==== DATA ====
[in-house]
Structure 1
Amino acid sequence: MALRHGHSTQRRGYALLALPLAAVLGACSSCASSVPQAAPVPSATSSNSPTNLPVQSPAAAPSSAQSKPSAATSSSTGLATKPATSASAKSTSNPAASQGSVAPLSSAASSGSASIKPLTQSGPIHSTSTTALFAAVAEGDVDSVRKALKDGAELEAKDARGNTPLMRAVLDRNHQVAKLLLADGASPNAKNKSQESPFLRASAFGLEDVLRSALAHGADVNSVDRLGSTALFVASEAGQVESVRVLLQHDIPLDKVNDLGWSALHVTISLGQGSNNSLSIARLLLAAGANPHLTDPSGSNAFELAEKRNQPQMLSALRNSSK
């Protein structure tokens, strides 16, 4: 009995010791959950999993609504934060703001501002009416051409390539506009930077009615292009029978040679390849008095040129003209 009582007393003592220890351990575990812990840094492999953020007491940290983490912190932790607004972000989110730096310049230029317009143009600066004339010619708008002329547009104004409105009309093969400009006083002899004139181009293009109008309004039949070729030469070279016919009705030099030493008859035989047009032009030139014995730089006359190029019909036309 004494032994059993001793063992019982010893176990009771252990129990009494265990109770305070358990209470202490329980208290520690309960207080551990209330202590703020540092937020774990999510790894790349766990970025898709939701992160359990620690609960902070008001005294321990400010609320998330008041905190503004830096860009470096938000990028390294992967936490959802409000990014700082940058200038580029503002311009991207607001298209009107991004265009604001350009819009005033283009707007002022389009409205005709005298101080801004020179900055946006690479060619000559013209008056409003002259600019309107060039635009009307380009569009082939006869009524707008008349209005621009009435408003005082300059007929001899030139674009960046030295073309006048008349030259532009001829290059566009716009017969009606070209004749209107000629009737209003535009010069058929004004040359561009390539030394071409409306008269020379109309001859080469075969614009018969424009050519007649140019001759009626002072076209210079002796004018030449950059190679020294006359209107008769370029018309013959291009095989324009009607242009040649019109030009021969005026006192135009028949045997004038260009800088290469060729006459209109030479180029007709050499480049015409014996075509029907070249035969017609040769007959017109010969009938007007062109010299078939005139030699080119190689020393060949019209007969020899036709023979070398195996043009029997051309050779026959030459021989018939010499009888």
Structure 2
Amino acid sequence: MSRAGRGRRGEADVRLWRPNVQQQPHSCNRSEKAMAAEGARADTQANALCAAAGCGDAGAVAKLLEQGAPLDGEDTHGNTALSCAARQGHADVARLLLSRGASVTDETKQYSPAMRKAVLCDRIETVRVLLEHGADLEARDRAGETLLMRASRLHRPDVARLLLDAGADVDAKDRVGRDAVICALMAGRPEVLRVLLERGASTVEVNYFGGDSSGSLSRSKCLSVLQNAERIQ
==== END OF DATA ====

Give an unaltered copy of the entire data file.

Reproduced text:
[in-house]
Structure 1
Amino acid sequence: MALRHGHSTQRRGYALLALPLAAVLGACSSCASSVPQAAPVPSATSSNSPTNLPVQSPAAAPSSAQSKPSAATSSSTGLATKPATSASAKSTSNPAASQGSVAPLSSAASSGSASIKPLTQSGPIHSTSTTALFAAVAEGDVDSVRKALKDGAELEAKDARGNTPLMRAVLDRNHQVAKLLLADGASPNAKNKSQESPFLRASAFGLEDVLRSALAHGADVNSVDRLGSTALFVASEAGQVESVRVLLQHDIPLDKVNDLGWSALHVTISLGQGSNNSLSIARLLLAAGANPHLTDPSGSNAFELAEKRNQPQMLSALRNSSK
């Protein structure tokens, strides 16, 4: 009995010791959950999993609504934060703001501002009416051409390539506009930077009615292009029978040679390849008095040129003209 009582007393003592220890351990575990812990840094492999953020007491940290983490912190932790607004972000989110730096310049230029317009143009600066004339010619708008002329547009104004409105009309093969400009006083002899004139181009293009109008309004039949070729030469070279016919009705030099030493008859035989047009032009030139014995730089006359190029019909036309 004494032994059993001793063992019982010893176990009771252990129990009494265990109770305070358990209470202490329980208290520690309960207080551990209330202590703020540092937020774990999510790894790349766990970025898709939701992160359990620690609960902070008001005294321990400010609320998330008041905190503004830096860009470096938000990028390294992967936490959802409000990014700082940058200038580029503002311009991207607001298209009107991004265009604001350009819009005033283009707007002022389009409205005709005298101080801004020179900055946006690479060619000559013209008056409003002259600019309107060039635009009307380009569009082939006869009524707008008349209005621009009435408003005082300059007929001899030139674009960046030295073309006048008349030259532009001829290059566009716009017969009606070209004749209107000629009737209003535009010069058929004004040359561009390539030394071409409306008269020379109309001859080469075969614009018969424009050519007649140019001759009626002072076209210079002796004018030449950059190679020294006359209107008769370029018309013959291009095989324009009607242009040649019109030009021969005026006192135009028949045997004038260009800088290469060729006459209109030479180029007709050499480049015409014996075509029907070249035969017609040769007959017109010969009938007007062109010299078939005139030699080119190689020393060949019209007969020899036709023979070398195996043009029997051309050779026959030459021989018939010499009888």
Structure 2
Amino acid sequence: MSRAGRGRRGEADVRLWRPNVQQQPHSCNRSEKAMAAEGARADTQANALCAAAGCGDAGAVAKLLEQGAPLDGEDTHGNTALSCAARQGHADVARLLLSRGASVTDETKQYSPAMRKAVLCDRIETVRVLLEHGADLEARDRAGETLLMRASRLHRPDVARLLLDAGADVDAKDRVGRDAVICALMAGRPEVLRVLLERGASTVEVNYFGGDSSGSLSRSKCLSVLQNAERIQ